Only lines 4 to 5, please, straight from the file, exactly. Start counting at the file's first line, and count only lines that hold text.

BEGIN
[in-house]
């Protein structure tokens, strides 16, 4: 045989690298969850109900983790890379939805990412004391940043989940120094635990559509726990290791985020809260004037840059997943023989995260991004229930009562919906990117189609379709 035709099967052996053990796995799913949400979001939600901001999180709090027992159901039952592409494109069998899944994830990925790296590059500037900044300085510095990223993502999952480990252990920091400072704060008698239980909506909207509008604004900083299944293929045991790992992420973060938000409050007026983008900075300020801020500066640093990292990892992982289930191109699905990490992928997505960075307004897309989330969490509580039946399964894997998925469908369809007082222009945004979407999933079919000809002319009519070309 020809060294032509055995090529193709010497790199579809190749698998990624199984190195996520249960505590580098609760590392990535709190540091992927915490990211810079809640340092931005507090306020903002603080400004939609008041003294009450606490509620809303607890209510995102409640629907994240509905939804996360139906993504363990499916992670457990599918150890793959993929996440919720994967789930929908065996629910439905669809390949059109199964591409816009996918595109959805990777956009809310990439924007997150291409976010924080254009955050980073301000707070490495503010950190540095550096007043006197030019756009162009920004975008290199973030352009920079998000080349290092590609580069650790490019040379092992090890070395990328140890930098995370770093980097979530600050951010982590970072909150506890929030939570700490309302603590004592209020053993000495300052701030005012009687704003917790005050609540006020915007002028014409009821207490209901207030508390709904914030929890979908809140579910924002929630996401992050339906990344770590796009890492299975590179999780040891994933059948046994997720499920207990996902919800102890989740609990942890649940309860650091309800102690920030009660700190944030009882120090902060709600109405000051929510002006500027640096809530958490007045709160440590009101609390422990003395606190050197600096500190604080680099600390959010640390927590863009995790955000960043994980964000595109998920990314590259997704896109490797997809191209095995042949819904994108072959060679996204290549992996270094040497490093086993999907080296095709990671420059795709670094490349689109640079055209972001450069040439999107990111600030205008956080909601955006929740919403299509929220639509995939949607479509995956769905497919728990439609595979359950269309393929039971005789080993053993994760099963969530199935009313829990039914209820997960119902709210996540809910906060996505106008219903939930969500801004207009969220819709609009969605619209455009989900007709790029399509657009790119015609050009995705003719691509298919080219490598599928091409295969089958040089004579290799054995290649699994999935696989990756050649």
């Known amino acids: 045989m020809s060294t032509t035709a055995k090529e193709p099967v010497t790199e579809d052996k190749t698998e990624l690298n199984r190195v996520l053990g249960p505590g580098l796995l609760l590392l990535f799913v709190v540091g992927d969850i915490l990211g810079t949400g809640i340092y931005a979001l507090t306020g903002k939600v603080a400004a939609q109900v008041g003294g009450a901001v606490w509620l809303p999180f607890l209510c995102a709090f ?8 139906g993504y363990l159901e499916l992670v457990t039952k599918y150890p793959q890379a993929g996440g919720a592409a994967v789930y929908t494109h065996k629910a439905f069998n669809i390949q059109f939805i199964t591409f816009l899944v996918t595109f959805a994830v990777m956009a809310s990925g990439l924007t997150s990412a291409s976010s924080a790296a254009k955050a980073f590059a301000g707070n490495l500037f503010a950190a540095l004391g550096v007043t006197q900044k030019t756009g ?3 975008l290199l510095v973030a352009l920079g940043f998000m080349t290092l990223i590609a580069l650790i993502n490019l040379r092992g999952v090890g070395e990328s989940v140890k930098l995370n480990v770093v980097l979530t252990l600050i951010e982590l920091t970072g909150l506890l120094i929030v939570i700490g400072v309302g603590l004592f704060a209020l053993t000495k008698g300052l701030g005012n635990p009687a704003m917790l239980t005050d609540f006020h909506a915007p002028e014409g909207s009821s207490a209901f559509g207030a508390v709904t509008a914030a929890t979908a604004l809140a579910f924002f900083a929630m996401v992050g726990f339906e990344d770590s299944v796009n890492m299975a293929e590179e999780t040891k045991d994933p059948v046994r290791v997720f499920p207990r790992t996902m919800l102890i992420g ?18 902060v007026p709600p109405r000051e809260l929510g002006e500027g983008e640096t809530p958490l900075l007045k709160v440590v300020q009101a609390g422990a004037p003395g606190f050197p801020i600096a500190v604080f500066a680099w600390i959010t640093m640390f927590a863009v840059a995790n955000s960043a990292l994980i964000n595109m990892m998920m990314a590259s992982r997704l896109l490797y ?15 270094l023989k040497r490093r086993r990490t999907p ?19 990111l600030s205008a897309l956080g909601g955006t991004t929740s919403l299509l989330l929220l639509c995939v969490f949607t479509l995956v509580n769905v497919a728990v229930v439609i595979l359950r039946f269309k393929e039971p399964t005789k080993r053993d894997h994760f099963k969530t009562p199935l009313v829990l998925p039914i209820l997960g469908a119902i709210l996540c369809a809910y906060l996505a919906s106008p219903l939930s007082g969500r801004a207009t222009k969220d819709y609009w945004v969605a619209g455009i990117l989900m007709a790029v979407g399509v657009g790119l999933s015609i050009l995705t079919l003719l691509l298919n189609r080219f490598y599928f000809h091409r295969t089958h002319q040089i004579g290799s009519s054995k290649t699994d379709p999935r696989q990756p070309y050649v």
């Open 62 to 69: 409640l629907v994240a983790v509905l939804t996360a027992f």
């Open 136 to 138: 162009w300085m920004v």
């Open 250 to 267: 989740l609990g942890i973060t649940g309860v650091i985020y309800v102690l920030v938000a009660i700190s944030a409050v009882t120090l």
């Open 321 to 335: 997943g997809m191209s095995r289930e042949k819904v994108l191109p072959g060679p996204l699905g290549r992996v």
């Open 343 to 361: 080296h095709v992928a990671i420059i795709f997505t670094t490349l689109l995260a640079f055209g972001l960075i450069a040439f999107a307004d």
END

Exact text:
């Open 62 to 69: 409640l629907v994240a983790v509905l939804t996360a027992f």
């Open 136 to 138: 162009w300085m920004v």